Putting the pretty back in prettylittlepoorgirl pt 1.

A poor girl knows it isn’t always cheap to be a pretty girl. Let’s take getting a mani-pedi for example. When you get your nails done, you are paying mostly for a service, not for those ten milliletres of polish. Doing the job yourself means that you skip paying for the service, plus when you buy nail polish, you get to keep it!
Yes, when you first try, it may not look as pretty as a pro job, but consider it learning a skill! Practice makes perfect!  
Tools of the trade (that you might not already have!)
A nail buffer – like this
Item Salon Brand (OPI) Drugstore brand (Revlon) Drugstore Brand (Sally Hansen, Hard as Nails)
Basecoat $8.99 $4.96 $2.47
Colour $8.99 $4.96 $2.47
Topcoat $8.99 $4.96 $2.47
Total (including nail buffer and tax) $31.82 $18.16 $9.71
The reason I included the third option is because you can use the same brands that the salon uses, but often I find (and of course this varies) that the drugstore kinds are just as good and last as long.
A really key trick to a lasting manicure is using a topcoat. Danielle prefers Essie, while I actually have a supply-store brand that my sister used in her nail salon. I’ve heard reviews raving about Deborah Lipman’s topcoat, so if you’re willing to shell out the $22, let me know how it goes!
Remember – topcoat to the rescue!: Always use a basecoat and a topcoat. A basecoat will help the colour adhere to your nail and the topcoat will help prevent chipping. A topcoat is key for that shiny, salon-done look. If you’ve made a minor mistake, a good topcoat will mask that. To freshen up a manicure, add another topcoat!

You won’t be a pro overnight, but it’s not rocket science. Just think of all the money you’re saving:

12/week for a manicure=$48/month
25/ twice a month for a pedicure=$50/month

=90/month! And that doesn’t include tip! That’s a minimum savings of $27.71! And that’s if you buy a new salon-brand polish colour every week of the month! 
What do you think about those savings, pretty little poor girls?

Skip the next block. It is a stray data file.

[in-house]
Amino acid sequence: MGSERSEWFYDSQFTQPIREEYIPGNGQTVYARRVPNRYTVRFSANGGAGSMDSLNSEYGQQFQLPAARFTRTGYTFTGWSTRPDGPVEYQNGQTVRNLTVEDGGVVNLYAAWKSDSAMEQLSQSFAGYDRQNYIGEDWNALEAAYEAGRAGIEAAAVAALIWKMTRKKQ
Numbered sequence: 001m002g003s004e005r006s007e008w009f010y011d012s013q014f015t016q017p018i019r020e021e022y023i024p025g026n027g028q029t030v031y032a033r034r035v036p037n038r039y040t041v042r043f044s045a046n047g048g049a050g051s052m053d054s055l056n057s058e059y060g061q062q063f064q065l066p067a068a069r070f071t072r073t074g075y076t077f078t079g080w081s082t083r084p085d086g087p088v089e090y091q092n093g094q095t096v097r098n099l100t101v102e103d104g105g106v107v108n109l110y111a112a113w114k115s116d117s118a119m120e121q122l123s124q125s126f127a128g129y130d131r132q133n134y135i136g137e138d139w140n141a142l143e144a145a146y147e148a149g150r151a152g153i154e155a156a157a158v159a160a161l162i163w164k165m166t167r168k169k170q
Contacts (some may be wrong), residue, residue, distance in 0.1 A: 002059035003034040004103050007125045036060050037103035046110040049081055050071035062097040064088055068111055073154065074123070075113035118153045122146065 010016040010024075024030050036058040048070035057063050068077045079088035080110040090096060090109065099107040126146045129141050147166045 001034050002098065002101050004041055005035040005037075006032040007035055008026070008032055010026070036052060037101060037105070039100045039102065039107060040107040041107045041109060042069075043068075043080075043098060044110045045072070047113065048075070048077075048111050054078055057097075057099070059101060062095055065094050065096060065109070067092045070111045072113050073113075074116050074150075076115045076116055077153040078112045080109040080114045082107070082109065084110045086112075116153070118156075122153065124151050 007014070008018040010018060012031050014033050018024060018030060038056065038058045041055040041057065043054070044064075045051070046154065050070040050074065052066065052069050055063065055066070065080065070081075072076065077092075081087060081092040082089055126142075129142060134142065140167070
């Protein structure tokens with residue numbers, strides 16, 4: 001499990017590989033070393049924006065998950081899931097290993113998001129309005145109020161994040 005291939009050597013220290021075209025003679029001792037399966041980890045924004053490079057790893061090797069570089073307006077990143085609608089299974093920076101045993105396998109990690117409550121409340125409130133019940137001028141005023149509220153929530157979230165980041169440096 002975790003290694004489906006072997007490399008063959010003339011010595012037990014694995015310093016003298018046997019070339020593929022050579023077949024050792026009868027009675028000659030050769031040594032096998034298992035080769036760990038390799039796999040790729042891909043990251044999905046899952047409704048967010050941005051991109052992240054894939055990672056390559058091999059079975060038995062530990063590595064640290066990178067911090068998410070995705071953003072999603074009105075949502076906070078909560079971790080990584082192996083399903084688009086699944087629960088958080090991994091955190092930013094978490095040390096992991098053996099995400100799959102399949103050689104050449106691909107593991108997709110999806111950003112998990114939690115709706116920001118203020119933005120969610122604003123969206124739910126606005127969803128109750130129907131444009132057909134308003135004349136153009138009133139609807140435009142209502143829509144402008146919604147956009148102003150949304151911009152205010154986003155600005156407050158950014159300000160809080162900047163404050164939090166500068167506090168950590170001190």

Best Jobs for Students

I was lucky enough not to have to work during my undergrad–not that I would have had time to, taking 6 courses a semester and all, but I definitely need an income now that I’m in grad school. I pay my own rent/food/transportation/bills etc., and that all adds up to some serious cash every month. It’s challenging  to find a job that will cover all of those expenses with part-time hours.

If you only have 5-20 hours a week to work it’s important to do one of two things: get paid higher than minimum wage, and/or get skills that you can apply to a job after graduation. So while I am only getting a tiny honorarium of $500/month for full-time work at my internship this summer, the skills I’m learning will make that line resume worth it when I try to find a full-time job after graduation. Or so I hope….Note that I also supplement my income by selling beer and sometimes popcorn at baseball games and concerts, and occasionally get good tips. (Don’t be afraid to have more than one part time job, it will sharpen your time management skills.)



Beyond $10.25: Good Jobs for Students

Server/Bartender at busy bars on busy nights

It’s hard to make tips unless it’s busy so if you’re getting paid under minimum wage and working only Monday nights, it might not be worth it. Conversely working one Saturday night at the local pub could net you over a hundred in tips. These positions are coveted and require experience, a Smart Serve certificate and often a connection, so apply early, dress up and ask to speak to the manager.

Teaching Assistant

In my opinion this is the ideal job for a student. The wages are ridiculous high compared with anything else you’re likely to get. I did this last year at my university and I made $37.50 an hour. One problem I did have was that my contract was for 3 hours a week but I regularly worked 10, so my wage per hour technically ended up being significantly less. You also get great skills in this job, it’s fun, it’s on campus and you can mark papers in a coffee shop.


This is also a great job during the school year. You can charge between $15-$60/h depending on your location and subject. I charged $40 and hour when I did this last year and found clients through my cousin who is a teacher. I want to keep doing this this year and expand my client base by putting up flyers. One downside is that travel time can be annoying if you don’t have a car, but maybe that’s just me.


If you have one or more days off from school, and good office skills, considering applying to a temp agency. I did this several years ago and they made my take some sort of computer test (which I didn’t even do very well on) and I ended up temping for a stock brokers office where I made $15/hour, had hot guys hitting on me all day and occasional got up to mail a fed-ex package.


What to look for in a P/T job

When considering a job, remember that your school has to come first.

  • Flexibility…will they let you take time off for exams?
  • Hours…does the business mostly operate in the day or night? Does this accord with your class schedule
  • Location…Transportation can be a big waste of time, especially if you don’t have a car. If you do have a car, is the amount of gas you’re going to be using schlepping to your job worth it?
  • Temptation…If you work at your favourite clothing store, will you just blow all your money on your sweet discount? It won’t be worth it if you do. Work at a place who’s products you hate and you’re sure to save your cash.